I’ve been besieged with a lot of email petitions recently about a pesticide called neonicotinoids (neonics for short), found in some plants sold by nurseries, which has been shown to kill bees, butterflies and other pollinators – so the word is definitely out. When pollinators visit the flowers or caterpillars eat the leaves of the pre-treated plant, they die. There’s a concern to humans too, as herbs also are being sprayed (see example below). So what can we do? I received info from the Northwest Center for Alternatives to Pesticides (NCAP) in Seattle WA, regarding questions people should ask their nurseries.
Questions to Ask Your Nursery
I’ve supported NCAP for years because of the great work they do to reduce pesticide use. To raise awareness and decrease neonic use, please ask your nurseries the questions below.
- Are your plants or seeds treated with neonicotinoids? (neonics for short)
- Do you know which of your suppliers use them?
- Would you consider removing neonicotinoid applications and treated plants from your shelves?
I called a small local nursery, Johnny’s Nursery in Redlands and talked to co-owner Tess Chadwick. Because they grow their own plants, they do not have plants with neonics. She did admit, however, that they do occasionally get plants from other suppliers and said she does not know for sure their practices.
My take: buy from local nurseries, or any labelled organic. And nurseries may not know — but it’s important to ask.
Examples of problems
I’ve mentioned this issue in my blogs since I first heard about people raising butterflies whose caterpillars occasionally died after eating milkweed or other nursery plants. But those who went back to the nursery were always informed they didn’t spray the plants. The problem seemed to be the vendors that sold the plants to the nursery. For example, there’s Christine Cury in Florida – I posted her experience at the end of my post about milkweed and monarchs.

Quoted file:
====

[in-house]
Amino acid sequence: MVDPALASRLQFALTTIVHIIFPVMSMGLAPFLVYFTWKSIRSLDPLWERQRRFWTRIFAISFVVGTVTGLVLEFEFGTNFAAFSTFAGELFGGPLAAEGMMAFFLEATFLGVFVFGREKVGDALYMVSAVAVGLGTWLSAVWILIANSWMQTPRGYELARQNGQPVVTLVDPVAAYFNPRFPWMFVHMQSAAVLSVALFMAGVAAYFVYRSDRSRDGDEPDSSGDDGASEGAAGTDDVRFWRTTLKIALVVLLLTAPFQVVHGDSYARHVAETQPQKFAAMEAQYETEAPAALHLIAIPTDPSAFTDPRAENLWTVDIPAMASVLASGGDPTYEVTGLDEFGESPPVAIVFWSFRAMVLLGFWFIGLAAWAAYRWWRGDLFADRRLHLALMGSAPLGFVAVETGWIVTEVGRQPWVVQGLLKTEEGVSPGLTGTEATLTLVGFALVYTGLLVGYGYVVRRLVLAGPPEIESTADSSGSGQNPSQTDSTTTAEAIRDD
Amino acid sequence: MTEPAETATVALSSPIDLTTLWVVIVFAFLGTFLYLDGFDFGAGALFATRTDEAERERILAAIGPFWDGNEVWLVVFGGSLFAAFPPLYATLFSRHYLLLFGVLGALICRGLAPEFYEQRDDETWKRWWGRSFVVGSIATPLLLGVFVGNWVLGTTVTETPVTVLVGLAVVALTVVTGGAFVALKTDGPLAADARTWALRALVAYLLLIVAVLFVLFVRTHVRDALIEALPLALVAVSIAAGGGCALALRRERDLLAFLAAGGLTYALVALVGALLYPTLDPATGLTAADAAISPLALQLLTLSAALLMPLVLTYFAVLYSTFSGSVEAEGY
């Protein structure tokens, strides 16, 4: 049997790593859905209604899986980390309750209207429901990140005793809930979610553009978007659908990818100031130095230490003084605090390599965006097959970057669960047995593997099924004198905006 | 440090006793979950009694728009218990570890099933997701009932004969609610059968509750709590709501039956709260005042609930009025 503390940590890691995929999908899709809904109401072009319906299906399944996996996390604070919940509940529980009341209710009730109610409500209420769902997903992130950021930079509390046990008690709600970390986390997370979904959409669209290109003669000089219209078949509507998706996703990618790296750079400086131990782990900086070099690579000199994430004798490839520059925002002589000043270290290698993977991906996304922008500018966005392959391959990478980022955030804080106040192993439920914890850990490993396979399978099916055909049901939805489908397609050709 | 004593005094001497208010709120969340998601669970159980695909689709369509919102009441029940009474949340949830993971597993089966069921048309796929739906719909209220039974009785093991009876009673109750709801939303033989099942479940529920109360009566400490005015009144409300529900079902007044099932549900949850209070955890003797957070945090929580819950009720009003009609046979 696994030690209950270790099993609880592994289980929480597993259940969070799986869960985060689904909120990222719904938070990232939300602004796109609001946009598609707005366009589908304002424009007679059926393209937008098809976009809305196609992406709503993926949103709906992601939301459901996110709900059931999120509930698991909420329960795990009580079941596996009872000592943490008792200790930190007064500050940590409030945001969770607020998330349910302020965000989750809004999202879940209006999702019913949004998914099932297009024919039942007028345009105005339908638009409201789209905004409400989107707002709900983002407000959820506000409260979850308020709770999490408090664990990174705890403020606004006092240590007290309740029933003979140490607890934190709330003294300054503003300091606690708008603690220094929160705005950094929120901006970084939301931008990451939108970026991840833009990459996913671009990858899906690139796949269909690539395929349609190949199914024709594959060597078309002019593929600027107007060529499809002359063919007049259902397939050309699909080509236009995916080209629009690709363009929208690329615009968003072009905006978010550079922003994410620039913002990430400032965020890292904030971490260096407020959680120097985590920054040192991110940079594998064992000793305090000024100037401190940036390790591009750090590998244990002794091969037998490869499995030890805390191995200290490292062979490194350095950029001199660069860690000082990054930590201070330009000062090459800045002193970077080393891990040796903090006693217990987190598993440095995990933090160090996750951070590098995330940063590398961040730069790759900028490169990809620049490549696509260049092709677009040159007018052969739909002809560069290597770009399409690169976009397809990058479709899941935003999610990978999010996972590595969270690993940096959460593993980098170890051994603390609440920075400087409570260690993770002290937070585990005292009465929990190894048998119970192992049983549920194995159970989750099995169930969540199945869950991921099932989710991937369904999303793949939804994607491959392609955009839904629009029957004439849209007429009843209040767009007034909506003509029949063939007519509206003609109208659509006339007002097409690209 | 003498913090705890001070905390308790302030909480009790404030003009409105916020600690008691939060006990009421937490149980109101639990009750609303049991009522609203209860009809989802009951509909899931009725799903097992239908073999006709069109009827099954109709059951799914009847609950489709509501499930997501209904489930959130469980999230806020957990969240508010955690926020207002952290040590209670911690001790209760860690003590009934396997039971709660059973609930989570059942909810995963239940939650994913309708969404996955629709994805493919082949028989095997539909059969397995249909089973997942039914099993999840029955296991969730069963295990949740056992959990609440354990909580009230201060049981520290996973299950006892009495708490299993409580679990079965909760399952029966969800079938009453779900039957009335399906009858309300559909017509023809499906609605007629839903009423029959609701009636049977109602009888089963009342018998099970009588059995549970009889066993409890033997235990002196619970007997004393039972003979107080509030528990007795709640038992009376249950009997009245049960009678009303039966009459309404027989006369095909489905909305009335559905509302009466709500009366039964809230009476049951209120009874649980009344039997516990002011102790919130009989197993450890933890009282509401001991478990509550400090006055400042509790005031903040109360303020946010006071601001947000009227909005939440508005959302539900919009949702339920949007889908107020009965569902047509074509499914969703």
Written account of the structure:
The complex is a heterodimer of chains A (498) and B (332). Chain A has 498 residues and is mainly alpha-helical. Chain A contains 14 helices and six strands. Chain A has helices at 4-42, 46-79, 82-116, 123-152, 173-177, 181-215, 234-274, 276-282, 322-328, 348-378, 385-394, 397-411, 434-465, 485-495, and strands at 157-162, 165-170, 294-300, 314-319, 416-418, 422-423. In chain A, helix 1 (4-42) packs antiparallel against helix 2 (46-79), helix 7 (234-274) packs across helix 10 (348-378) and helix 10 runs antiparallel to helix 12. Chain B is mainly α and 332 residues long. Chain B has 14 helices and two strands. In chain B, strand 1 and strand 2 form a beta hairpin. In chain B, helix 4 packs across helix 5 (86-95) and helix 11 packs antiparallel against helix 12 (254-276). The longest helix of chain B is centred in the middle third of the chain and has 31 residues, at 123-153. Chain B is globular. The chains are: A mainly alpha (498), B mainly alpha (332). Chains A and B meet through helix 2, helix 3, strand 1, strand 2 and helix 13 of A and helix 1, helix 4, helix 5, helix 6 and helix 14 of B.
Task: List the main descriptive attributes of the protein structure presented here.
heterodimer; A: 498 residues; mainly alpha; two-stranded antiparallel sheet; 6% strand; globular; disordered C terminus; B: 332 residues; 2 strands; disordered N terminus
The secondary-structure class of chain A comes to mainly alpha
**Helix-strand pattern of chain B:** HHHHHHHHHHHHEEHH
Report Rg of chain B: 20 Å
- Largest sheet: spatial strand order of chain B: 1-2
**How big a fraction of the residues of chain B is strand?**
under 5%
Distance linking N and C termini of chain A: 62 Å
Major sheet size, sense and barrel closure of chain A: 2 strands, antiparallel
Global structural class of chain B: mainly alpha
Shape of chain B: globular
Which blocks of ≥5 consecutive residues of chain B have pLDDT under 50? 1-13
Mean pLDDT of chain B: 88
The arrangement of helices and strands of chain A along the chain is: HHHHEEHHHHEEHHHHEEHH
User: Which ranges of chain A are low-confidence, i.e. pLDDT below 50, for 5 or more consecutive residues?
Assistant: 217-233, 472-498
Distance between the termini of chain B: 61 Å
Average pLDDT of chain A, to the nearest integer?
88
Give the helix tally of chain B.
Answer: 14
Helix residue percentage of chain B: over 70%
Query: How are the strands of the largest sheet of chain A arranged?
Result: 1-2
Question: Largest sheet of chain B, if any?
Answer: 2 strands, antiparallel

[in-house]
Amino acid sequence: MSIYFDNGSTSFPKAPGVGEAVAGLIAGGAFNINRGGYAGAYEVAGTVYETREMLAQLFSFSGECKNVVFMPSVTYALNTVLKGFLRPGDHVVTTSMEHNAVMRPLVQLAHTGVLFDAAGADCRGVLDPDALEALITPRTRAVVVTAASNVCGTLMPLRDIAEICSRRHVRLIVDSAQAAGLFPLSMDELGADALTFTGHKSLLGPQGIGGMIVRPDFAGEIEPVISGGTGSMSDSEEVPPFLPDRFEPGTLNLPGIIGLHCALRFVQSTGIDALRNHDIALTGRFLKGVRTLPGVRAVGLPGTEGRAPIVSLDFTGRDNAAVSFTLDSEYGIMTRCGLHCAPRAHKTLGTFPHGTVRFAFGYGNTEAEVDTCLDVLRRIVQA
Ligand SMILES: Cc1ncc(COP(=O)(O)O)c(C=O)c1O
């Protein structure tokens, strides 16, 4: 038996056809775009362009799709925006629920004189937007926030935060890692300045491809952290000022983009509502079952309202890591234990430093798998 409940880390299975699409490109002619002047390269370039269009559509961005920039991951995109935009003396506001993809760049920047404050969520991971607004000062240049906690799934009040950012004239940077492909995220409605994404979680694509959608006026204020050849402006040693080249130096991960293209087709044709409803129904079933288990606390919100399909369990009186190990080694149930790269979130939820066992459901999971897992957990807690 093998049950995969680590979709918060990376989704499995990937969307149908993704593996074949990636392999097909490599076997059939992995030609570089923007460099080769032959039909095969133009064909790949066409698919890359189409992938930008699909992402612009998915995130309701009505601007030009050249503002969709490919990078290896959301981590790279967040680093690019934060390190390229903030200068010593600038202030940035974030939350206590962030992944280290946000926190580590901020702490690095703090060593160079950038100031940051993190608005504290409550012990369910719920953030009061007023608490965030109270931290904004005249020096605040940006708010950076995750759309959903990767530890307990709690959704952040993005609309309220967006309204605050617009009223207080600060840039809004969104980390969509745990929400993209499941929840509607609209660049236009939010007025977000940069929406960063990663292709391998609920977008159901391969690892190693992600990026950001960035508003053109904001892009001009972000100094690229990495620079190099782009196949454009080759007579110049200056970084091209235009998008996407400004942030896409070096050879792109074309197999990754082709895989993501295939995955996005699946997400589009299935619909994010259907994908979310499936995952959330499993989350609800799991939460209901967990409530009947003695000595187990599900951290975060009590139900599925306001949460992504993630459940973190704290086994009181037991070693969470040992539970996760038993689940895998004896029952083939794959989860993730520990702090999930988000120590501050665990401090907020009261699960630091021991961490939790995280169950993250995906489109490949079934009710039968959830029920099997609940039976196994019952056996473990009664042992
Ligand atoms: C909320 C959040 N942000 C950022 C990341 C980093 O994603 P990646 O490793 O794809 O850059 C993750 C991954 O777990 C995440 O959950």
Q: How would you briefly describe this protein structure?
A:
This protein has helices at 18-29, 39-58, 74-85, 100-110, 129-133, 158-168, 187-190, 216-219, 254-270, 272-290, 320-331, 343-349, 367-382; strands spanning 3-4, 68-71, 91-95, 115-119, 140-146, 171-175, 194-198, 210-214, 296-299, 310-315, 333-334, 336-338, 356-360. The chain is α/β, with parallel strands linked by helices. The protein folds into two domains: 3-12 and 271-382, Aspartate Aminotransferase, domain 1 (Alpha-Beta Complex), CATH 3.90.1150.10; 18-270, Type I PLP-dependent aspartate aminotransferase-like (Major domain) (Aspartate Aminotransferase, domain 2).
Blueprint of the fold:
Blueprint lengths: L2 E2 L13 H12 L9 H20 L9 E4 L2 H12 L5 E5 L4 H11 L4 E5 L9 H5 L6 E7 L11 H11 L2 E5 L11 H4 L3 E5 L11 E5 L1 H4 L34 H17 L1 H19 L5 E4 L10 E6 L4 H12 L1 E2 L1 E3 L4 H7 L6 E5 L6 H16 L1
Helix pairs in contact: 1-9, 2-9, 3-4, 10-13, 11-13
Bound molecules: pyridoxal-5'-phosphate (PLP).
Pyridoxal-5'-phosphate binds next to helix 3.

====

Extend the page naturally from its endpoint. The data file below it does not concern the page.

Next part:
Cury purchased milkweed in April, 2013 at a Home Depot (15885 Rick Case Honda Way) in Davie Florida. She had too little milkweed for her many monarch caterpillars. “By the next day there was one dead caterpillar and the others were throwing up green liquid and squirming. It was terrible,” she said. When she returned them, the employee repeatedly said they didn’t use pesticides on their plants.
I followed up with Stephen Holmes from corporate Home Depot and frankly, got the run-around one year ago. In several emails he was still checking, including an email in June 2013 saying the following: “I’m a little stumped as to what we can contribute to this, frankly. But to clarify, our associates do not treat the plants. Any insecticides are applied by the vendor at their nurseries. I’ll reach out to the merchants again to see if I can come up with anything.”
Recent Update from Home Depot: Just heard back from Holmes today – 8/15/14 – and I’m glad to say it sounds like they are addressing the issue. He said, “We’ve been deeply engaged in understanding the relationship of the use of certain insecticides on our live goods and the decline in the honey-bee population. Our vice president of environmental has been in communication with the EPA, insecticide industry and our suppliers for many months to understand the science and monitor the research. We are also very encouraged and support the White House’s Pollinator Health Task Force…. We’ll also require all of our live goods suppliers to label plants that they have treated with Neonicotinoids by fourth quarter 2014.”
A more recent and concerning example: I also checked in with So. CA resident Monika Moore, who runs a monarch station, and has bred and supported butterflies for years. She recently bought some fennel for her swallowtail caterpillars at Armstrong Nursery in Huntington Beach, CA. “They all died from the fennel. The thing is I did not give it a second thought that they might treat fennel, we as humans eat fennel,” adding that it takes up to ten weeks for insecticides to wear off.
For me, it’s another reason to eat organic, which assures pesticides are never used.
For more info on neonics and campaigns to reduce use:
Xerces Society article “Are Neonicotinoids Killing Bees?
EPA Review of Neonicotinoids and other pesticides
Note: Neonicotinoid is a mix of a number of active ingredients: acetamiprid, clothianidin, dinotefuran, imidacloprid, thiacloprid, thiamexthoxam